SOME concern has been expressed about the speed with which the boat sank, and the speed of the rescue. Survivors say the MV Dive Asia 1 took two minutes to keel over, then in another two minutes, it was gone. Fortunately, the two liferaft were deployed. Although we have yet to learn precisely where the captain and crew were when the storm struck, no alarm was sounded. According to at least one survivor, glass cabin windows gave way quickly, allowing the sea to fill the boat. If the boat did contain an automatic emergency radio beacon designed for just such an emergency, it failed to work. The wreck of the MV Dive Asia 1 was found to be on the bottom of the ocean, about 20 kilometres off Patong, on approximately the route that the boat could have been expected to take back from the Similans to Chalong. With no alarm sounded, it is not surprising that staff from Dive Asia simply went to meet the boat as usual that Sunday at 8am, expecting to find passengers and crew waking up and keen for breakfast. Those missing nine hours from 11pm, when no rescue operation was mounted because no alarm was sounded, are explicable. Less easy to understand are the six daylight hours between when the boat was declared missing and when a Marine Police boat linked up with the survivors, after a telephone call alerted them to the precise location. Where did the searchers go? And why was it so difficult to find two liferaft, bobbing about within sight of Phuket's popular west coast the whole time, on a bright, clear day?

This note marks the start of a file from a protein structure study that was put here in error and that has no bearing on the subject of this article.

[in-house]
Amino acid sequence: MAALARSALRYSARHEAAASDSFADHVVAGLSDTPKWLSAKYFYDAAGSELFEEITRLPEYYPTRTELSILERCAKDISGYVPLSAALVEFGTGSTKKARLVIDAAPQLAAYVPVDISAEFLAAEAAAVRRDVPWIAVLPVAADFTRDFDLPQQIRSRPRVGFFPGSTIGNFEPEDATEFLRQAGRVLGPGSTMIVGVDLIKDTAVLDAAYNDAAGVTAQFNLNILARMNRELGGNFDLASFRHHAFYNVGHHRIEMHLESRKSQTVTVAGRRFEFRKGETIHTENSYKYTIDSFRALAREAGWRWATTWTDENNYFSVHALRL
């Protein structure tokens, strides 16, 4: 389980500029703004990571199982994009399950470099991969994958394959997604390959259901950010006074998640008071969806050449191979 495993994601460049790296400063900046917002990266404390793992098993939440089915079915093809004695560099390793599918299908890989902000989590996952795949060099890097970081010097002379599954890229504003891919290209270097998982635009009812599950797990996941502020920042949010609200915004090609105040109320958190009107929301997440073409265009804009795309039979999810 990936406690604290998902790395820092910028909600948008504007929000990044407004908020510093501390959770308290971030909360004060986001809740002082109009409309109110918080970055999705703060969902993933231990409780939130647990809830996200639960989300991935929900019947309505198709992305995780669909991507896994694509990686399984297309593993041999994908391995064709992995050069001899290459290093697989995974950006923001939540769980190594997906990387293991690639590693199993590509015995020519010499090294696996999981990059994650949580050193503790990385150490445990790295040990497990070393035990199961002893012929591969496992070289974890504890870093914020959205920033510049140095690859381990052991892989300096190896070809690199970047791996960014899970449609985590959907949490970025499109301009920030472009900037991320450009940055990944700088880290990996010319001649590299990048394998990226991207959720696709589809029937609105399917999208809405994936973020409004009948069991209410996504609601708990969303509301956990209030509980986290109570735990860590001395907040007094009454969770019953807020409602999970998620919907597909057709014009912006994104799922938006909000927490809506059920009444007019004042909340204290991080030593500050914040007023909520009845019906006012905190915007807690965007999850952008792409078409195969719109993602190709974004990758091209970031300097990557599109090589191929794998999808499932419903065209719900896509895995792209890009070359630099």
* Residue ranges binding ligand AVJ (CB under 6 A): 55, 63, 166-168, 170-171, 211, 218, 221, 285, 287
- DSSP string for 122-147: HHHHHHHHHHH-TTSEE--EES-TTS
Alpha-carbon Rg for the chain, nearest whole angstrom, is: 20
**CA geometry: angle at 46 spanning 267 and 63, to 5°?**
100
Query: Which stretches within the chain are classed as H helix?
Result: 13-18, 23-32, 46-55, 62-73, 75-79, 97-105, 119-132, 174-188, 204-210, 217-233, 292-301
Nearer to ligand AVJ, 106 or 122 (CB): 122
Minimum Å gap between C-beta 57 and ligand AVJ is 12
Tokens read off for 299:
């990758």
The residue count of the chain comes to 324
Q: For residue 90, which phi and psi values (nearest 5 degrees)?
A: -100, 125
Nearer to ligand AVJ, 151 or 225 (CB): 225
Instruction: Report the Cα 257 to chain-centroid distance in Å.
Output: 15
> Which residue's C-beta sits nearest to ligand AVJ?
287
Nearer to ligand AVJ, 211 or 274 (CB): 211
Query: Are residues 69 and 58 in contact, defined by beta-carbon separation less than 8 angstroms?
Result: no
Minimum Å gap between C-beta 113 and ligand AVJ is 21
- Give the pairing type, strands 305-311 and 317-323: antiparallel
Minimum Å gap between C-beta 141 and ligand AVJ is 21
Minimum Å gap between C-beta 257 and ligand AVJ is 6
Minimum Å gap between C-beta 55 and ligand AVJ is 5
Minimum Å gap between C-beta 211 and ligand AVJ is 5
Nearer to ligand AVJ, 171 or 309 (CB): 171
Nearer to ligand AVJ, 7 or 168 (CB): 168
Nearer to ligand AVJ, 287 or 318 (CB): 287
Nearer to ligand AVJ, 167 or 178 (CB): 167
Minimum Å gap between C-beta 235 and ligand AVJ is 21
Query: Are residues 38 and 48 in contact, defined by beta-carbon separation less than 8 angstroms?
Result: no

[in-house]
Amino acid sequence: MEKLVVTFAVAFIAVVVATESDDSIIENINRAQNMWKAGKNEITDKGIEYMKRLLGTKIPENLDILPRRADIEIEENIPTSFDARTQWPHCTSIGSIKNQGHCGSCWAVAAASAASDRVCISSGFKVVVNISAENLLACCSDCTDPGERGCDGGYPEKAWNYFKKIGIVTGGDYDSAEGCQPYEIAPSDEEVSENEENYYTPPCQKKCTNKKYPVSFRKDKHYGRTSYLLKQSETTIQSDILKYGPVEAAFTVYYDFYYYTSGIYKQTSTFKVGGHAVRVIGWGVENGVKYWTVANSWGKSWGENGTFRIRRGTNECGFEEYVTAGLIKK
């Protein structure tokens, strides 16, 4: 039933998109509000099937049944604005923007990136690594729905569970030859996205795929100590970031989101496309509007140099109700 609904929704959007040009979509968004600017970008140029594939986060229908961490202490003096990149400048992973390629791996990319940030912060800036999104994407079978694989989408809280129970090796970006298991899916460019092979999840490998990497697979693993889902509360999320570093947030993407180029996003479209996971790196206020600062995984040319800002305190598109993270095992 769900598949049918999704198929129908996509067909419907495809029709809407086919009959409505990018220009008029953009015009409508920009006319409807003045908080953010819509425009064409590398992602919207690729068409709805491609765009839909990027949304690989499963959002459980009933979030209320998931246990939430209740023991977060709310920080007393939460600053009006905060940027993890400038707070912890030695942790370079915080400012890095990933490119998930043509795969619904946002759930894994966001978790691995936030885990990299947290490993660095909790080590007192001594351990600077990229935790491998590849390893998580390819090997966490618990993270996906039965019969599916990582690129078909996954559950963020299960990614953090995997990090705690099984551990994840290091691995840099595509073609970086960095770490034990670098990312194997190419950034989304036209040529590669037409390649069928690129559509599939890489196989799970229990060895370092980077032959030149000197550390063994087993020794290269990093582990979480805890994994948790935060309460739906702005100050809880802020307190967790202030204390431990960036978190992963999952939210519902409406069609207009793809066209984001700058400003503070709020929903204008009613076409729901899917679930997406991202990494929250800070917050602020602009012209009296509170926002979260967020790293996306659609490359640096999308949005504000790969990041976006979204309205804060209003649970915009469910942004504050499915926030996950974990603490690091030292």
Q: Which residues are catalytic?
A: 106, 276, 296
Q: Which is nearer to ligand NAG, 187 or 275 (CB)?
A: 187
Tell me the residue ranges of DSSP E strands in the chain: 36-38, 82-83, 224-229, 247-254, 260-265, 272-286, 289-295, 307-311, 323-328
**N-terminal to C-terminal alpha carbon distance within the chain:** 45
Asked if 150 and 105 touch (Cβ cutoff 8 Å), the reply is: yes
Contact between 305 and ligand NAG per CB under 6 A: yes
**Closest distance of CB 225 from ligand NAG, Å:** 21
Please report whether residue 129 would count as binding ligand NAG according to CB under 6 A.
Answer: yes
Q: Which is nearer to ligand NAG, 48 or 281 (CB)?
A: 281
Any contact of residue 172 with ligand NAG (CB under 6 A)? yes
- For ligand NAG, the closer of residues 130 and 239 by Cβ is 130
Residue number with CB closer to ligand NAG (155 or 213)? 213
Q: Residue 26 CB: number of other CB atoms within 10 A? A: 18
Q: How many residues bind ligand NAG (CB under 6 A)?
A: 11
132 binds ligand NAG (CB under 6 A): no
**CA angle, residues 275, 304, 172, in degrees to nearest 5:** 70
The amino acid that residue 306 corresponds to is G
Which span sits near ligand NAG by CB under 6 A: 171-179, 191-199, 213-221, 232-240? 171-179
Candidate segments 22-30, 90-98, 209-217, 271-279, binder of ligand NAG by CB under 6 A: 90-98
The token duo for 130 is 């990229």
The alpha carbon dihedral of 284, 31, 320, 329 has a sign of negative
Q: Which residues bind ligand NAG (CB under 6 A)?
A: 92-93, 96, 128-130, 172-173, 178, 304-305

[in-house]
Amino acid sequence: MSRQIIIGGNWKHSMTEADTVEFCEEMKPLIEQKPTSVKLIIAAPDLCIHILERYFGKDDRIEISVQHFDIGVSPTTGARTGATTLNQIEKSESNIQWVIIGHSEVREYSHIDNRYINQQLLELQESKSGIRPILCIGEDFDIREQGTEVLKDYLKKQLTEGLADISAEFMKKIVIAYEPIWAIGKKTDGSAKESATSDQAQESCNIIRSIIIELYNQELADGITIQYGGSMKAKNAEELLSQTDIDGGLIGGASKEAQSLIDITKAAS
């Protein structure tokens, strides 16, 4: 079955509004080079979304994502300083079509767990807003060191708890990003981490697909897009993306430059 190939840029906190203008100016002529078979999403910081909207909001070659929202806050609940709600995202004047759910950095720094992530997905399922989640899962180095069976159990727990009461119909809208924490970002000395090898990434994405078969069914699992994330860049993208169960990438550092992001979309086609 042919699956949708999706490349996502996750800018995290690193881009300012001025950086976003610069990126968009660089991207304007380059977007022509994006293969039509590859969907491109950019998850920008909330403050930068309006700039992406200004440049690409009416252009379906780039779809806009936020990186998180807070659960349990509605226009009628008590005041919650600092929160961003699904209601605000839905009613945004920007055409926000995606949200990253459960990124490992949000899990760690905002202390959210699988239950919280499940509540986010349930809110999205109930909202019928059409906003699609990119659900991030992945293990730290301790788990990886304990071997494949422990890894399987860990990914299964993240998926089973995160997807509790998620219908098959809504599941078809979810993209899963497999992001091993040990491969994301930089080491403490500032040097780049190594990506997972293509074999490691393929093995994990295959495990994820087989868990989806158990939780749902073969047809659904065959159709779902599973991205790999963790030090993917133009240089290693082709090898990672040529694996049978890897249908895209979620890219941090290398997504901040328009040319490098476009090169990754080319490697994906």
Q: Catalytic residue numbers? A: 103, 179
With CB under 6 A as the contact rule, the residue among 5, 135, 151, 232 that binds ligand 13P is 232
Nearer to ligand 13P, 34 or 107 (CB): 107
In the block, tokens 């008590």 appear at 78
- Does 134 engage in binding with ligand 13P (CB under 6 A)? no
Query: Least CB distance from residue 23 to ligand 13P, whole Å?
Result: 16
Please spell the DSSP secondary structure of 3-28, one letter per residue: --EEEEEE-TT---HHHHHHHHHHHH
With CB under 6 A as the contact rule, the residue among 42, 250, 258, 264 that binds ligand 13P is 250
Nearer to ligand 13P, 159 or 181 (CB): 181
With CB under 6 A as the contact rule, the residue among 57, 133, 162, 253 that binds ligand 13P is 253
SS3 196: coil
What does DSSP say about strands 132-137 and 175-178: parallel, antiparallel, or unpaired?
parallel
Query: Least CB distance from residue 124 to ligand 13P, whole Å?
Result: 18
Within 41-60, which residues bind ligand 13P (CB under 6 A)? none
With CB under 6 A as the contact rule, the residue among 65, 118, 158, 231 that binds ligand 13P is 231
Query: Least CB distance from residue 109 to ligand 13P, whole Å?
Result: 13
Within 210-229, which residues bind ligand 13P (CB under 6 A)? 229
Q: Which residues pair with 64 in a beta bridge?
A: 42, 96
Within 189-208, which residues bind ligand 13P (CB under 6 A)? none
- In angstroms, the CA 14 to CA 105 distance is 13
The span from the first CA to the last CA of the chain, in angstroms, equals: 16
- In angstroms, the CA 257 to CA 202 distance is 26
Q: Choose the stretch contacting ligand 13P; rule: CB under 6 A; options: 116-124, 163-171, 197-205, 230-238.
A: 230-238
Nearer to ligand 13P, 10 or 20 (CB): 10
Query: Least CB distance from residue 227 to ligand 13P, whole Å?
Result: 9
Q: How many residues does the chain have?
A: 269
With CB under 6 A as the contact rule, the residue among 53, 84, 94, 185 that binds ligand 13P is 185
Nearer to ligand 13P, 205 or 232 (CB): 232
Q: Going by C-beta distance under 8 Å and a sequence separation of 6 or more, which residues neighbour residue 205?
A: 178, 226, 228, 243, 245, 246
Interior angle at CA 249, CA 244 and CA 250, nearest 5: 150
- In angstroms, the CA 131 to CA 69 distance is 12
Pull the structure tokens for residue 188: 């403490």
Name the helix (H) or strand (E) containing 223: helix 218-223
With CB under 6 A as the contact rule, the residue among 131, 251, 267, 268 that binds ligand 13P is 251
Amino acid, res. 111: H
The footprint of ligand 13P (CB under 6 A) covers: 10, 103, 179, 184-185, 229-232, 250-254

Conclusion: Why an Inquiry is Needed